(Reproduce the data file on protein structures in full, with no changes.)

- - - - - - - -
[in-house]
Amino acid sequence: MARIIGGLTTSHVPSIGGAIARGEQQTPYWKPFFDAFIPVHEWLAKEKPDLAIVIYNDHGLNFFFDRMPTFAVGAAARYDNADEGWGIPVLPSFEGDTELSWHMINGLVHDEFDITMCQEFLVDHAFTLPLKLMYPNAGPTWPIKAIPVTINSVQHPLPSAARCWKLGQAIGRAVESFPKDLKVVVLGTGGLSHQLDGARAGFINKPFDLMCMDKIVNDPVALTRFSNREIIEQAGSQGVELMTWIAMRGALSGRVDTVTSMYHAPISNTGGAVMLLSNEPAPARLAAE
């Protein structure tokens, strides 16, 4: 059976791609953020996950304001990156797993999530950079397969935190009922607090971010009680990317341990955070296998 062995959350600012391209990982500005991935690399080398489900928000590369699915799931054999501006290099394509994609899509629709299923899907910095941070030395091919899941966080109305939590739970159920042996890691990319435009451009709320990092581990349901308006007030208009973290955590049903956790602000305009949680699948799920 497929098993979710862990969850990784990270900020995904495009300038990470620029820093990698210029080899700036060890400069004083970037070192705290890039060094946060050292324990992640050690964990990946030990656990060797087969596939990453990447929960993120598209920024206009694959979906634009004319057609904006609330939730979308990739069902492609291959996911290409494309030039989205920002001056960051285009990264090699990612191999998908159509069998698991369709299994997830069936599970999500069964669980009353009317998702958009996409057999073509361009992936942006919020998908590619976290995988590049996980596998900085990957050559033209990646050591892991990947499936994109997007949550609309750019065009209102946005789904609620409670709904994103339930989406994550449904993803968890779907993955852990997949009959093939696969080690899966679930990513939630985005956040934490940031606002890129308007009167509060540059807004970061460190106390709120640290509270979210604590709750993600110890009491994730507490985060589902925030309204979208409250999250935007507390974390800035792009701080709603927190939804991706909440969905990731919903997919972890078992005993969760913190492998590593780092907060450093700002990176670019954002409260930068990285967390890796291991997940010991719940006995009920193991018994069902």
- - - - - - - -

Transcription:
[in-house]
Amino acid sequence: MARIIGGLTTSHVPSIGGAIARGEQQTPYWKPFFDAFIPVHEWLAKEKPDLAIVIYNDHGLNFFFDRMPTFAVGAAARYDNADEGWGIPVLPSFEGDTELSWHMINGLVHDEFDITMCQEFLVDHAFTLPLKLMYPNAGPTWPIKAIPVTINSVQHPLPSAARCWKLGQAIGRAVESFPKDLKVVVLGTGGLSHQLDGARAGFINKPFDLMCMDKIVNDPVALTRFSNREIIEQAGSQGVELMTWIAMRGALSGRVDTVTSMYHAPISNTGGAVMLLSNEPAPARLAAE
């Protein structure tokens, strides 16, 4: 059976791609953020996950304001990156797993999530950079397969935190009922607090971010009680990317341990955070296998 062995959350600012391209990982500005991935690399080398489900928000590369699915799931054999501006290099394509994609899509629709299923899907910095941070030395091919899941966080109305939590739970159920042996890691990319435009451009709320990092581990349901308006007030208009973290955590049903956790602000305009949680699948799920 497929098993979710862990969850990784990270900020995904495009300038990470620029820093990698210029080899700036060890400069004083970037070192705290890039060094946060050292324990992640050690964990990946030990656990060797087969596939990453990447929960993120598209920024206009694959979906634009004319057609904006609330939730979308990739069902492609291959996911290409494309030039989205920002001056960051285009990264090699990612191999998908159509069998698991369709299994997830069936599970999500069964669980009353009317998702958009996409057999073509361009992936942006919020998908590619976290995988590049996980596998900085990957050559033209990646050591892991990947499936994109997007949550609309750019065009209102946005789904609620409670709904994103339930989406994550449904993803968890779907993955852990997949009959093939696969080690899966679930990513939630985005956040934490940031606002890129308007009167509060540059807004970061460190106390709120640290509270979210604590709750993600110890009491994730507490985060589902925030309204979208409250999250935007507390974390800035792009701080709603927190939804991706909440969905990731919903997919972890078992005993969760913190492998590593780092907060450093700002990176670019954002409260930068990285967390890796291991997940010991719940006995009920193991018994069902």